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What are ‘legal highs’?
‘Legal highs’ that are actually legal contain one or more chemical substances which produce similar effects to illegal drugs (like cocaine, cannabis and ecstasy). These new substances are not yet controlled under the Misuse of Drugs Act 1971 and there is often not enough research about them to know about their potency, adverse effects from human consumption, or when used with other substances or alcohol.
However, more and more ‘legal highs’ are being researched to see what their dangers are and to see whether they should be made illegal. In fact, many substances that have been found in substances sold as ‘legal highs’ have already been made illegal.
‘Legal highs’ cannot be sold for human consumption so they are often sold as incense, salts or plant food to get round the law. The packaging may describe a list of ingredients but you cannot be sure that this is what the product will contain.
Just the fact that a substance is sold as ‘legal’ doesn’t mean that it’s safe or legal. You can’t really be sure of what’s in a ‘legal high’ that you’ve bought, or been given, or what effect it’s likely to have on you or your friends. We know that many ‘legal highs’ are sold under brand names like ‘Clockwork Orange’, ‘Bliss’, ‘Mary Jane’ and have been directly linked to poisoning, emergency hospital admissions including in mental health services and, in some cases, deaths.
‘Legal highs’ are usually sold as powders, pills, smoking mixtures, liquids, capsules, or on perforated tabs.
The powders can range from white to brown to yellow in colour and from flour-like to little crystals in consistency. The pills and capsules can range widely in size, shape and colour.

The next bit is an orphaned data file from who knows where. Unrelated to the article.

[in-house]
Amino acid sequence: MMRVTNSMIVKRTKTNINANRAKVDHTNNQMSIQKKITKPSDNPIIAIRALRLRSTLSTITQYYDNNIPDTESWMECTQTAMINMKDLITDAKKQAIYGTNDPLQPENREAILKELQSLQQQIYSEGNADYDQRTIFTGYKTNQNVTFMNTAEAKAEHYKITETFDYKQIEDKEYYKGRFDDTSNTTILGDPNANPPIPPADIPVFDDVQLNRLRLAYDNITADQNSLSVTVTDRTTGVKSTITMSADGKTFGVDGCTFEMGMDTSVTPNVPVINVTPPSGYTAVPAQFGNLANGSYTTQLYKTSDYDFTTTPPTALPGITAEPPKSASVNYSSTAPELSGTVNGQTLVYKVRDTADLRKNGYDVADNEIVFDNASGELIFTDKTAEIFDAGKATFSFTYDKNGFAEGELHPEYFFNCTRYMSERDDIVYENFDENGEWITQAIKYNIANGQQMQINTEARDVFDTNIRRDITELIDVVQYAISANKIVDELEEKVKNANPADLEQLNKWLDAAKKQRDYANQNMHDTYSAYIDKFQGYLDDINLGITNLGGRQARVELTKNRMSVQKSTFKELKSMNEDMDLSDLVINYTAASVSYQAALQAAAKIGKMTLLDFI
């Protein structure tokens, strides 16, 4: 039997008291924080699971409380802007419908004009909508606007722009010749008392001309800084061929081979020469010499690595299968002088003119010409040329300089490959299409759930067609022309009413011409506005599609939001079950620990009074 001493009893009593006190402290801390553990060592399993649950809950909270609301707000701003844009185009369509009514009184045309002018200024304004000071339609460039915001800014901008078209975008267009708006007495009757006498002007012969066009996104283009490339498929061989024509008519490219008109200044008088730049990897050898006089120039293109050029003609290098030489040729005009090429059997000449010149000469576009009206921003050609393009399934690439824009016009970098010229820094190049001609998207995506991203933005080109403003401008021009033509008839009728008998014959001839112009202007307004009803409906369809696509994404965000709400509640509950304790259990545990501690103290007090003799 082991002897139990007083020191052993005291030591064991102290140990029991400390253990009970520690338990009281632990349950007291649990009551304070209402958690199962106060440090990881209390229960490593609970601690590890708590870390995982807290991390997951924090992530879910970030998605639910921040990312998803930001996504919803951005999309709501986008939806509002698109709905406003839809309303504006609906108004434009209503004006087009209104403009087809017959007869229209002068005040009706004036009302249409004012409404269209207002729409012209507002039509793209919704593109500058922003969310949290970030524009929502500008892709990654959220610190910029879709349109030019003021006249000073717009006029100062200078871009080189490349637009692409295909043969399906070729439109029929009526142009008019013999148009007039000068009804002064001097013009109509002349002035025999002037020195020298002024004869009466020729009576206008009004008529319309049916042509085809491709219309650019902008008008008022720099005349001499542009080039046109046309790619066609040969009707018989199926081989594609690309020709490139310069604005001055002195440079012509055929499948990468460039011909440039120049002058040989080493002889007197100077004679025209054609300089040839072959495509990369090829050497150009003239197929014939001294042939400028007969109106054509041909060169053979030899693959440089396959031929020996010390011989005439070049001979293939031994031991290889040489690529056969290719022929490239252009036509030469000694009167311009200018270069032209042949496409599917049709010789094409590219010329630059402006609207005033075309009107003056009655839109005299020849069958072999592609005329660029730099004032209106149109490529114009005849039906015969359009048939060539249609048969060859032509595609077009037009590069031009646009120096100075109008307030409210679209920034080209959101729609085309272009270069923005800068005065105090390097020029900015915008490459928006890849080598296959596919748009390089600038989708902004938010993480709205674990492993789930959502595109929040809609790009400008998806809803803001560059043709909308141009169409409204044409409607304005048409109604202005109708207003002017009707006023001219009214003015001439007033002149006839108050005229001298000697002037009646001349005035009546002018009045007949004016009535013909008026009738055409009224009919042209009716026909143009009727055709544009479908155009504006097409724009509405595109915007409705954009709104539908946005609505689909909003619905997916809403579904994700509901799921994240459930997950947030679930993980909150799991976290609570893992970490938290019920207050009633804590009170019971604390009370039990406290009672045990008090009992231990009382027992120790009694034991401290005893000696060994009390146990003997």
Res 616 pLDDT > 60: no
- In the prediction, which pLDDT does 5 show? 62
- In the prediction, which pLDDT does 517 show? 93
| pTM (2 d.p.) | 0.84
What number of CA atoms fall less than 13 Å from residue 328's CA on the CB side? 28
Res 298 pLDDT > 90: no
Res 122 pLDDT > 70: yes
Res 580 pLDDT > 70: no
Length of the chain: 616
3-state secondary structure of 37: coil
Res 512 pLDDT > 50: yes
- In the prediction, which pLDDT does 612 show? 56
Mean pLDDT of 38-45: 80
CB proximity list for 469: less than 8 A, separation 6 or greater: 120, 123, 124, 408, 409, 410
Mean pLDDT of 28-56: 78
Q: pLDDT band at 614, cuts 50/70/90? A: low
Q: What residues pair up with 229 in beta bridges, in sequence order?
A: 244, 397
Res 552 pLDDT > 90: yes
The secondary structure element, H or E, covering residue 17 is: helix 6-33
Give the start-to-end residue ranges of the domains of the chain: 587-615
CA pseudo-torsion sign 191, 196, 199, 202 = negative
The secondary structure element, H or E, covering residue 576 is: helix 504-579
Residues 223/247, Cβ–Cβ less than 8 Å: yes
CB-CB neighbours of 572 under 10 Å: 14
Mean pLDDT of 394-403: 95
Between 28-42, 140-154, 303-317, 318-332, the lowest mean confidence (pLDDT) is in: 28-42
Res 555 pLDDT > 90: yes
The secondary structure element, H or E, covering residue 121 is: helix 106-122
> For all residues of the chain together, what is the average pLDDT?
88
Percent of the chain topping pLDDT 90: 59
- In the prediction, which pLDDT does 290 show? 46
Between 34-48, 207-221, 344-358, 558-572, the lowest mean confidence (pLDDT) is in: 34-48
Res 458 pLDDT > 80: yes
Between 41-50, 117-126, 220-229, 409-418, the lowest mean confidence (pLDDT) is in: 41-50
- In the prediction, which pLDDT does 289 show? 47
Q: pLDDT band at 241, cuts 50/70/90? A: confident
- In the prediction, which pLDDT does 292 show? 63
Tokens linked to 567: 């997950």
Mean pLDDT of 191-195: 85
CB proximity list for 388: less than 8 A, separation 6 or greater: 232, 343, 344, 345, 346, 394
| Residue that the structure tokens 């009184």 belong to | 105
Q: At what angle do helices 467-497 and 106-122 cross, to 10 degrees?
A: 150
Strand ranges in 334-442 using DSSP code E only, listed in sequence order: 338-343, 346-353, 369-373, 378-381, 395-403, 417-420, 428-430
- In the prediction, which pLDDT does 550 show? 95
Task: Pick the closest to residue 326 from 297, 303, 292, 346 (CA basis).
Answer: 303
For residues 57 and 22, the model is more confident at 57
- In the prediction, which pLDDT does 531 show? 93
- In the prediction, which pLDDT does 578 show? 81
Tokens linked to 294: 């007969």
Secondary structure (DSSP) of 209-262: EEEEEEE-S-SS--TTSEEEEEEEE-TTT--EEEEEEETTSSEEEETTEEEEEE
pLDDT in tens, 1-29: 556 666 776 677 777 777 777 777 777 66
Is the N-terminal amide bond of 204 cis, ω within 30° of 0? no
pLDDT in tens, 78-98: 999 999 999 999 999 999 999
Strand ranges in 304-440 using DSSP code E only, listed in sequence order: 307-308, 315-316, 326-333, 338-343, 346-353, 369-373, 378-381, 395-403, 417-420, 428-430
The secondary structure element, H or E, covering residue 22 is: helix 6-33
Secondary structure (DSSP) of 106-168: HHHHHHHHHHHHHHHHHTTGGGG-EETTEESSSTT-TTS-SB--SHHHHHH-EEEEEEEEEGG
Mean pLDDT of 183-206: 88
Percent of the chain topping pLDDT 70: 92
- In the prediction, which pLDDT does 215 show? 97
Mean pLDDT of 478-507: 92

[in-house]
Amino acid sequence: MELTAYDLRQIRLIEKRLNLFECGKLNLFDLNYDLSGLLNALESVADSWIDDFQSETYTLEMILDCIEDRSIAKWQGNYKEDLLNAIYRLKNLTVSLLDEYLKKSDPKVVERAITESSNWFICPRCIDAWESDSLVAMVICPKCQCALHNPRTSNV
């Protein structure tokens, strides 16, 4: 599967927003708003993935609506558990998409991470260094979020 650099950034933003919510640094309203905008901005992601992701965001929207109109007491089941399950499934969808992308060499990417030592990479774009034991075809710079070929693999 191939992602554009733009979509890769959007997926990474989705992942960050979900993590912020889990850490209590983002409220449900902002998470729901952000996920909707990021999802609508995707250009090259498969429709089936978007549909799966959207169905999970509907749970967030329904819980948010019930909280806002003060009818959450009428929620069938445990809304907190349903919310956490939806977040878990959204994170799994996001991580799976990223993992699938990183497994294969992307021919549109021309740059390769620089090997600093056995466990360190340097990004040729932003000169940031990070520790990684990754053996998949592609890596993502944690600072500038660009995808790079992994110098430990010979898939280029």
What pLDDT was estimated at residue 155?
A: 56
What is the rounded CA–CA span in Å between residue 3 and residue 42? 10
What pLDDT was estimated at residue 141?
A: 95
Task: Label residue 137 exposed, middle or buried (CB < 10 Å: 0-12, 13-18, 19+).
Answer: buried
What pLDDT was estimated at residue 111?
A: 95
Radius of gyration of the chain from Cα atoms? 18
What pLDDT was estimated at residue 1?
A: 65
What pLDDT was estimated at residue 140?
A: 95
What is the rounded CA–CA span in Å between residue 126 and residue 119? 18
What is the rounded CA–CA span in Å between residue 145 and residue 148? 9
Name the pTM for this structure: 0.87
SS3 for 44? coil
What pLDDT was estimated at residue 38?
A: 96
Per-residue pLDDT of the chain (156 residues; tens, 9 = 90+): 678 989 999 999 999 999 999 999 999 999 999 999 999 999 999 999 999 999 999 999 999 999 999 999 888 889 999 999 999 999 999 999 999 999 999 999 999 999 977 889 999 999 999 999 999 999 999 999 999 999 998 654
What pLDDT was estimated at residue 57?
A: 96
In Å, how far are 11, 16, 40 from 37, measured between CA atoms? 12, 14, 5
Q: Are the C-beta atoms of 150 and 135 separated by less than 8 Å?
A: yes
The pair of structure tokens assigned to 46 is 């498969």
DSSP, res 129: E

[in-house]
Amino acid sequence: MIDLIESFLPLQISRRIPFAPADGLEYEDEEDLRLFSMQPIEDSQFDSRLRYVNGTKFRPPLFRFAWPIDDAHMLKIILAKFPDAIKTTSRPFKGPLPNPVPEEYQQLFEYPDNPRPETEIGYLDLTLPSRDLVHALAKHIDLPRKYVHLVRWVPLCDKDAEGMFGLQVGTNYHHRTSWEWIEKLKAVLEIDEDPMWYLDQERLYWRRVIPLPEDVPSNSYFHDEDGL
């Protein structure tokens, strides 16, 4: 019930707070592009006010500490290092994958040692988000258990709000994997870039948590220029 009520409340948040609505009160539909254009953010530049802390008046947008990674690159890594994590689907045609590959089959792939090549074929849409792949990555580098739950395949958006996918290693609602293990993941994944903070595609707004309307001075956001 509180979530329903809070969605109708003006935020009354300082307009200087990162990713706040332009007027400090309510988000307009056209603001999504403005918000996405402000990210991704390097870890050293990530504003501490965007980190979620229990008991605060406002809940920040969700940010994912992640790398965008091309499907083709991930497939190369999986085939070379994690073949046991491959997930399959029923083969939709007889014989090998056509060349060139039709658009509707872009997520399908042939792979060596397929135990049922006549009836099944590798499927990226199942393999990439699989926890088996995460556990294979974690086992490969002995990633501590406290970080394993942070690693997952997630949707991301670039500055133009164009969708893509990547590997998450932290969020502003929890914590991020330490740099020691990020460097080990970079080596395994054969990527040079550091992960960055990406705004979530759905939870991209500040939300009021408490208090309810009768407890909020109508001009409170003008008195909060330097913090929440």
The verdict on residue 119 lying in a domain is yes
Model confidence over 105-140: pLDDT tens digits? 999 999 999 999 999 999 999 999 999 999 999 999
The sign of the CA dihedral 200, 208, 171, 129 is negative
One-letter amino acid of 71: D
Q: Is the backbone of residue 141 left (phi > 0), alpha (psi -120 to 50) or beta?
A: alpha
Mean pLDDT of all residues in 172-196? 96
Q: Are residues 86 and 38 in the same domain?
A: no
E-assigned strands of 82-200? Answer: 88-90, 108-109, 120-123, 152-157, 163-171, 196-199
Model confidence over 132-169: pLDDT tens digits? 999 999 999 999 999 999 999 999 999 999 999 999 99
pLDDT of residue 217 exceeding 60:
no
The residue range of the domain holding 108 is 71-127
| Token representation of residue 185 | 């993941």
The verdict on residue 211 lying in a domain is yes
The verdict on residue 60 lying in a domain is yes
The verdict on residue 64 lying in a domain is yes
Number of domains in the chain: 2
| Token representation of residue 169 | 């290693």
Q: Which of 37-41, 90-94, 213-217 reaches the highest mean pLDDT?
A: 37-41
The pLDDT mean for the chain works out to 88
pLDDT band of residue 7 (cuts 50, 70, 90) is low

The smoking mixtures tend to come in colourful packaging, often with labels describing the contents as incense or herbal smoking mixture, and the contents look like dried herbs, vegetable matter or plant cuttings. It’s common for synthetic cannabinoids to be added to the dried herbs, vegetable matter or plant cuttings to make a smoking mixture.’
The packaging may describe a list of ingredients but you cannot be sure that this is what the product will contain. It’s likely designed to get your attention using a catchy brand name and bright colours.
‘Legal highs’ that come as powders, pills or capsules tend to be snorted or swallowed, while ‘legal high’ smoking mixtures are either smoked in a ‘joint’/’spliff’ or by using a pipe.
There have been reports of some people injecting certain ‘legal highs’. Injecting any drug, including ‘legal highs’, is particularly dangerous as a drug is more likely to reach harmful or fatal levels by this route. Also, the veins may be damaged by the injecting process and an abscess or blood clot may develop, which can then cause further serious health problems like infection of the blood or heart problems.
A number of these injection-related effects can lead to serious local scarring and can be disabling or even fatal. Sharing injecting equipment such as needles or syringes, runs the additional risks of catching or spreading viruses such as HIV or hepatitis C.
What are the effects of ‘legal highs’?
The main effects of almost all ‘psychoactive’ drugs, including ‘legal highs’, can be described using three main categories:
Whilst drugs in each of the categories will have similarities in the kinds of effects they produce, they will have widely different strengths and effects on different people.